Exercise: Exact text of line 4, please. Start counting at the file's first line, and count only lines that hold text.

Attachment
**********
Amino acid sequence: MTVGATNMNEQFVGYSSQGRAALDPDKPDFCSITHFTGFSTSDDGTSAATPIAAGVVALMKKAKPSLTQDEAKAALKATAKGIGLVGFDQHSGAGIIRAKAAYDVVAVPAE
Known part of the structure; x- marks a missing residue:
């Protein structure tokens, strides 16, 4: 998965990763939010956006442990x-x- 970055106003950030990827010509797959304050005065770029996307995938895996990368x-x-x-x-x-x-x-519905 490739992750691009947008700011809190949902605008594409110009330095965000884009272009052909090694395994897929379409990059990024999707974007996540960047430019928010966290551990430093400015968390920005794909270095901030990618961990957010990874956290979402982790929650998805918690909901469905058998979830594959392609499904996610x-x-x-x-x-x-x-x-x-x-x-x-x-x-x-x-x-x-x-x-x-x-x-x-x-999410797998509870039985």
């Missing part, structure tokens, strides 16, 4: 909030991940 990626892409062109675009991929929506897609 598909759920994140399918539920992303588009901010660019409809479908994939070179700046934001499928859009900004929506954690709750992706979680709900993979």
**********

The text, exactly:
């Missing part, structure tokens, strides 16, 4: 909030991940 990626892409062109675009991929929506897609 598909759920994140399918539920992303588009901010660019409809479908994939070179700046934001499928859009900004929506954690709750992706979680709900993979």